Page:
On Sept. 3, “every person living in Bay City was out to welcome the Peninsulars and the 33rd Infantry Band home. “The ranks were thinned (19 had died), many of the boys could hardly be recognized after only four months service, so deep graven were the pieces of evidence of tropical war service under adverse conditions, and many a cheer was hushed at the sight of the wan faces and the emaciated forms.”
Besides battle deaths, the Michigan troops suffered from Yellow Fever and other tropical diseases. A year after the war Michigan emissaries returned to Santiago, looked up the graves under crude wood markers and brought the remains back, some to Arlington National Cemetery and some to Bay City.
Source : Dave Rogers, “Remembering the Maine: Two Bay Cityans Killed Aboard Battleship in 1898; Col. Gansser Recalls Four Months Service of Bay City Troops in Cuba”, MyBayCity.com, February 19, 2018. (Reposted)
The “free fair” project was launched at the Ionia Businessman’s “solidarity” meeting on February 15, 1915. At that time, Mayor Fred Green, who was to later become the Governor of Michigan, presented his plans for a promotion for the coming year. It was to be a free fair. The Ionia Free Fair would be held on August 18-20 and would continue for many years.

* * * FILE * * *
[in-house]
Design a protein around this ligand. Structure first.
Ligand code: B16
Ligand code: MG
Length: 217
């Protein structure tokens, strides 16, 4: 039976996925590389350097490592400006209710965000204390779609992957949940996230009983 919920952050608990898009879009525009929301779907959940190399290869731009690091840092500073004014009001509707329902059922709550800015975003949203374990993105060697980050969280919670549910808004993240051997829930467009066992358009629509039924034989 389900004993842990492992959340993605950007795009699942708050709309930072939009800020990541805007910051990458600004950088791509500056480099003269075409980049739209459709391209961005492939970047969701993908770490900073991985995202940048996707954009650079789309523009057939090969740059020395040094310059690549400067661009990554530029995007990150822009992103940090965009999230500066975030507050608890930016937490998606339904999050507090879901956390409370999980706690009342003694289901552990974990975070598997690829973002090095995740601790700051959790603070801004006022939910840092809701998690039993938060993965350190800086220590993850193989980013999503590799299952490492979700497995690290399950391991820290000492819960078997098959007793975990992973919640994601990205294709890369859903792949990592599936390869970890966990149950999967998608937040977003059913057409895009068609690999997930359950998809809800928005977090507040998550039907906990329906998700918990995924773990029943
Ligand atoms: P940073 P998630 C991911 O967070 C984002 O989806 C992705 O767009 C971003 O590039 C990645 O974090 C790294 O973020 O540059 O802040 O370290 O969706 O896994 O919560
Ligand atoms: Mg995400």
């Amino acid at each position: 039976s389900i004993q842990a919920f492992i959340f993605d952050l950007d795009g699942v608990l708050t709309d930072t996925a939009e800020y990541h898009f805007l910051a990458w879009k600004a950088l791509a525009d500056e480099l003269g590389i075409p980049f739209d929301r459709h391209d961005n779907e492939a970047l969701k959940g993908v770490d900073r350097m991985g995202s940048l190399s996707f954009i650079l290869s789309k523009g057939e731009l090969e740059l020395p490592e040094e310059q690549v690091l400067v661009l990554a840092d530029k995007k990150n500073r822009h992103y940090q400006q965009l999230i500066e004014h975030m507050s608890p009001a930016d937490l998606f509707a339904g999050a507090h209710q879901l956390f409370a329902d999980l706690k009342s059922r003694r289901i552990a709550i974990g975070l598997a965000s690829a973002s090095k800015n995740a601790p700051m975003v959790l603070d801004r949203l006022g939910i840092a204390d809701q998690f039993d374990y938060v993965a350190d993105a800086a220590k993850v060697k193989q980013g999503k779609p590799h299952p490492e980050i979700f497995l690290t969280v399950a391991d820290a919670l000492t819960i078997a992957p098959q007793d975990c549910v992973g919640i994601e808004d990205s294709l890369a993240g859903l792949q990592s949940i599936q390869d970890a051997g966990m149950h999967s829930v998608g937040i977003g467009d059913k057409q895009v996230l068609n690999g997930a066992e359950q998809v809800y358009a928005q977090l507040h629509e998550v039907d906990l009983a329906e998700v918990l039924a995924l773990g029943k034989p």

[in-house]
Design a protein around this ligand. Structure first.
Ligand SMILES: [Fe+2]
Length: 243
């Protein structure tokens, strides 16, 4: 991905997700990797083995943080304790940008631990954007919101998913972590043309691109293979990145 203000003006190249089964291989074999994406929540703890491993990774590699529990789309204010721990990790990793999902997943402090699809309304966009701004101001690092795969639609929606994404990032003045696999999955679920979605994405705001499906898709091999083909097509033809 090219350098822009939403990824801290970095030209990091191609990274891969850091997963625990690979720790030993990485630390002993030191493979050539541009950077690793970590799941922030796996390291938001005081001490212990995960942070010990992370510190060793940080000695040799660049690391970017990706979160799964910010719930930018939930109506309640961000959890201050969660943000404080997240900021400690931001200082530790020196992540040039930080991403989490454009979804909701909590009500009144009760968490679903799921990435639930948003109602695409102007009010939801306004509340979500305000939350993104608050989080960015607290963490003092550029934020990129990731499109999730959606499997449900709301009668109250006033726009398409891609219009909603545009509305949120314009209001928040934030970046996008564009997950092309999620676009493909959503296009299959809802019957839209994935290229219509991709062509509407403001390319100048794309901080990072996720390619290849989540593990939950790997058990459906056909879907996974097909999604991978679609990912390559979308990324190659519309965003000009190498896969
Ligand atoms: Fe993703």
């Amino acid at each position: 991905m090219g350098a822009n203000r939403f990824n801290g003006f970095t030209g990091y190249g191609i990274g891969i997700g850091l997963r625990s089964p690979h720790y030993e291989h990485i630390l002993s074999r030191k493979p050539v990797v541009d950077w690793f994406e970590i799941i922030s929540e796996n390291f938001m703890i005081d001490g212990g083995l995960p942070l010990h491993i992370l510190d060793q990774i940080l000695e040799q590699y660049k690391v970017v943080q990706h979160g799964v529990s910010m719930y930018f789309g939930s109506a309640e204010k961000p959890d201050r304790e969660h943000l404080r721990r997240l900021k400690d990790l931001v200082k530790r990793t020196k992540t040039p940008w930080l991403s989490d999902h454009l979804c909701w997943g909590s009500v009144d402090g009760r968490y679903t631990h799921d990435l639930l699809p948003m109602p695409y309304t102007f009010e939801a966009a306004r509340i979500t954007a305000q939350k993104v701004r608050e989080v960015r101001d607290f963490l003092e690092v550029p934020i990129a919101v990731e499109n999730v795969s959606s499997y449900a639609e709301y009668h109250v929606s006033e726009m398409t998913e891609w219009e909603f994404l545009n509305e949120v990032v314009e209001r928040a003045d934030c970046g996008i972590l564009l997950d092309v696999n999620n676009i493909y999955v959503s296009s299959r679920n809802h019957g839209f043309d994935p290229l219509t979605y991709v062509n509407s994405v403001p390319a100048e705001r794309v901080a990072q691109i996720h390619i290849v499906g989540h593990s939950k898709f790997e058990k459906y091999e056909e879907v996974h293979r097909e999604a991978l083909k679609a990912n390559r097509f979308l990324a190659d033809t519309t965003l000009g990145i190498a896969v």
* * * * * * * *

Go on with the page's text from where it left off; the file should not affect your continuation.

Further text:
The 100th Ionia Free Fair was held July 16-25, 2015.
The next Ionia Free Fair will be held July 12-21, 2018.
Ionia Free Fair Discussed in July 2013. It’s county fair time around West Michigan and one of the biggest is the Ionia Free Fair. Fair board member, Becca Usher and Kelbie Stout, one of the teens taking part in 4-h, sat down with eightWest to talk about all the fun to be expected at the fair.
Source : Ionia Free Fair
25 citizens of Michigan were deported to Russia during the first Red Scare of the 1920s.
Source : Historical Society of Michigan
For further reading, see
Young J. Edgar : Hoover, the Red Scare, and the assault on civil liberties / Kenneth D. Ackerman. New York : Carroll & Graf Publishers ; [Berkeley, Calif.] : Distributed by Publishers Group West, 2007.
Red scare : FBI and the origins of anticommunism in the United States, 1919-1943 / Regin Schmidt. Copenhagen : Museum Tusculanum Press, University of Copenhagen, 2000. Also available online.
Red scare; a study in national hysteria, 1919-1920 / Robert K. Murray. Minneapolis, University of Minnesota Press [c1955]
If you can travel, you may want to visit the University of Albany Library to consult the Howard Abramowitz Papers, 1937-1985 which includes a number of unpublished manuscripts about the Detroit Red Scare.
On Feb. 15, 1926, the nation’s first contract airmail service began from Dearborn to Cleveland. Ford Motor Company’s Ford Air Transport provided the service, as well as a similar service from Dearborn to Chicago.